With over 6,900 cases of monkeypox across 51 countries, and the emergence of new COVID-19 Omicron subvariants BA4 and BA5, we must continue to maintain heightened public health mitigation and preparedness measures through the coming summer months.
COVID-19 cases in the United States (US) are at their highest levels since April and the increase comes as Americans have gathered for Independence Day celebrations amidst the emergence of the more transmissible, and potentially more serious, Omicron BA.4 and BA.5 subvariants. A preliminary study from the University of Tokyo shows that the new variants may have evolved to cause more serious infection of lung cells than previous Omicron variants which resulted in mostly mild cold-like symptoms. This may be the reason why countries with widespread BA4 and BA5 outbreaks, such as the United Kingdom (UK), Belgium, France, Germany, Portugal,and Israel, all with largely vaccinated populations and strong public health data tracking, are seeing sharp increases in hospitalizations. In addition to rising COVID-19 cases and hospitalizations from new emerging variants, monkeypox cases have tripled in the last two weeks.
What is Monkeypox?
Monkeypox was first discovered in 1958 when two outbreaks of a pox-like disease occurred in monkeys being used for research. While the origin of the virus remains unknown, it was given its name due to it first appearing in monkeys. The current 2022 monkeypox outbreak is the first time in 64 years since discovery that we have seen community spread from human to human on such a large scale outside the continent of Africa.
Monkeypox presents with normal viral symptoms such as fever, malaise, headache, and weakness. This is followed by swelling of lymph nodes, rash, and the presentation of lesions. The illness typically lasts between two and four weeks and can be potentially fatal. Thus far, community spread of the virus appears to occur when another person comes in close contact with lesions, body fluids, respiratory droplets, and/or contaminated materials, such as bedding from an infected person. There are limited quantities available of vaccines used to eradicate smallpox that appear effective against monkeypox; however, the Centers for Disease and Control and Prevention (CDC) is not yet recommending widespread vaccination but rather a more heightened focus on educating communities on how monkeypox is contracted and steps to be taken to prevent further human to human transmission if monkeypox is in your community. These steps include avoiding the following with individuals with monkeypox:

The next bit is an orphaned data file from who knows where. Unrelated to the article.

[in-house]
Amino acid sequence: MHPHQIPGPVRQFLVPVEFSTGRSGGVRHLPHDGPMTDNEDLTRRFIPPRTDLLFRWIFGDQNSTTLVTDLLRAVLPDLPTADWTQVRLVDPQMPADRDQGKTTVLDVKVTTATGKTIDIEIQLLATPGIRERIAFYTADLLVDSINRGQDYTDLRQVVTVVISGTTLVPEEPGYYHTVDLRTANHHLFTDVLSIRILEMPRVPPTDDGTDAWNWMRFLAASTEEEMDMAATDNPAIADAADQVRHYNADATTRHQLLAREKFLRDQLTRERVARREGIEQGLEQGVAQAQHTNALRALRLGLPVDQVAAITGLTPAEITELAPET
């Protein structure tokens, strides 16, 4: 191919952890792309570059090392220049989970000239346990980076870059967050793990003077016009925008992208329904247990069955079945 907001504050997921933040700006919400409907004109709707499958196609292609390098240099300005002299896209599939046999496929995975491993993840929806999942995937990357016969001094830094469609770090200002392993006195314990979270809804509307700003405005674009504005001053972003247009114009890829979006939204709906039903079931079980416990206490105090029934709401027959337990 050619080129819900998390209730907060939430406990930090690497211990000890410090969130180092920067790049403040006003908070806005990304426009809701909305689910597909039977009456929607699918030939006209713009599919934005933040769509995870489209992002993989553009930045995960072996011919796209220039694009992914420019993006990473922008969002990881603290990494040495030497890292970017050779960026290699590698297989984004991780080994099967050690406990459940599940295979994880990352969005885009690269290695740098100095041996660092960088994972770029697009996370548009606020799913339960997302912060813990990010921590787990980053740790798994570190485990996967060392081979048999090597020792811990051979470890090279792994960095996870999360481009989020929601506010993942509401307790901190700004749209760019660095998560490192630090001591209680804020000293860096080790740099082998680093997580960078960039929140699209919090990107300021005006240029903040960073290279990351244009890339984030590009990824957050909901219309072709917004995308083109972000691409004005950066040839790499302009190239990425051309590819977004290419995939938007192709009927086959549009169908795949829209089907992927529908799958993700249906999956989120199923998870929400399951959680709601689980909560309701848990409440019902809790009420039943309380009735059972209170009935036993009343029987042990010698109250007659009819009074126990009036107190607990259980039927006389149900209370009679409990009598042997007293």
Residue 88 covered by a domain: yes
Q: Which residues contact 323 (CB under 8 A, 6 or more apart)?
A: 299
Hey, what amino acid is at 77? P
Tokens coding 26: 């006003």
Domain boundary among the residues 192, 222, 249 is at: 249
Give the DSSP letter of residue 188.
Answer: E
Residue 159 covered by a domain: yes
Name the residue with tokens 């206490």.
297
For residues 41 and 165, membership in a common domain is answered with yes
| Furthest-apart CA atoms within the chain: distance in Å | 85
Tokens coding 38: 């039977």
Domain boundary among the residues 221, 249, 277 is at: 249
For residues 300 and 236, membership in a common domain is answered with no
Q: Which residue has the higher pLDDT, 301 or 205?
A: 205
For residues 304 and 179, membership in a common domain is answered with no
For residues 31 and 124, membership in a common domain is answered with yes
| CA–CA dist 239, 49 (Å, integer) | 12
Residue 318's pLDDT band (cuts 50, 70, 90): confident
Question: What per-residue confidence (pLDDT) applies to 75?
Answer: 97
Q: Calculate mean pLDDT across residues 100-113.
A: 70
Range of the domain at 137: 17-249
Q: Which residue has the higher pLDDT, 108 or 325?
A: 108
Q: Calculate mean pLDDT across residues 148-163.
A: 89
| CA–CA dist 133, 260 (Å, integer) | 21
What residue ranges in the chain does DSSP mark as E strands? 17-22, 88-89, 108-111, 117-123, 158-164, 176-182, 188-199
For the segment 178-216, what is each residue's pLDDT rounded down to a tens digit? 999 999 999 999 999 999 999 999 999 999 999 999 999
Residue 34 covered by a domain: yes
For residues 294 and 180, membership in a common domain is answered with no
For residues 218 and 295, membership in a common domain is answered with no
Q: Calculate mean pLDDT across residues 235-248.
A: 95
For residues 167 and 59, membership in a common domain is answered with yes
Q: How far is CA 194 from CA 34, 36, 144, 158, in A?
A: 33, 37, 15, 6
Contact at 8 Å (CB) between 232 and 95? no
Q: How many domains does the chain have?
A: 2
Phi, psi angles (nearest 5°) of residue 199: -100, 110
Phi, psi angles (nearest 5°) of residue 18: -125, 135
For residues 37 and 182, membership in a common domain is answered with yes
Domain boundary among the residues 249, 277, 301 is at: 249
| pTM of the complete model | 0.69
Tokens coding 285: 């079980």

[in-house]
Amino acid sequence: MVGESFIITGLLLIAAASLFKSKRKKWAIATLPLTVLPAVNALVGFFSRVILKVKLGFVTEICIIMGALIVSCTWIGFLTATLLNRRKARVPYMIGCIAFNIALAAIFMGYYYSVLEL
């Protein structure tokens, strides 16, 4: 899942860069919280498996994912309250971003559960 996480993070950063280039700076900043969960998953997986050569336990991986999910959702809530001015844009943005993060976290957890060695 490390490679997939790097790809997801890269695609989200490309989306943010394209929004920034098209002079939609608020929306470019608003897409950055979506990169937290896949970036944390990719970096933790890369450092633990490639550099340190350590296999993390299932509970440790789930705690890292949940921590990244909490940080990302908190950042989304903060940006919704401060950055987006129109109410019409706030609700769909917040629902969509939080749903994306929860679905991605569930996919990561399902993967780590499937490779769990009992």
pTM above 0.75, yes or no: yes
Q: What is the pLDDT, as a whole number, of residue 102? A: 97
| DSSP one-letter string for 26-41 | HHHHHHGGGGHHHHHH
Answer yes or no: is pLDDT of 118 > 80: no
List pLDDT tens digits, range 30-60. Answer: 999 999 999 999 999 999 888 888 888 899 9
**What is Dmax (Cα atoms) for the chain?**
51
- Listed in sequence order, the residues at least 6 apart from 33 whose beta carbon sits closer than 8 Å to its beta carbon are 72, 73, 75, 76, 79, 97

- Avoid close, skin to skin contact.
- Do not kiss, hug, or have sexual contact.
- Do not share eating utensils or cups.
- Do not handle or touch bedding, towels, or clothing of a sick person.
While cases of monkeypox continue to rise, most public health experts believe it will not be as widespread as the COVID-19 pandemic as it does not appear to be as transmissible at this time.
What Can Communities Do to Stay Safe?
Whether it is monkeypox, new variants of COVID-19, or any future emerging infectious disease, the mitigation and preparedness measures with widespread viruses circulating in a community remain the same. Proven measures include:
- Masking. Wearing a well fitted N95 or KN95 mask when in an indoor crowded setting not only will continue to protect against COVID-19 but other respiratory viruses such as cold and flu.
- Increase ventilation indoors. While outdoors is always better than indoors, creating air exchanges indoors to move any viral particles out of the air goes a long way. Open windows or doors to allow for fresh air to circulate inside the space. In spaces without windows, consider investing in an air purification system. There are many systems available, and you should look for one that creates air movement while utilizing high level HEPA filtration to clean the air.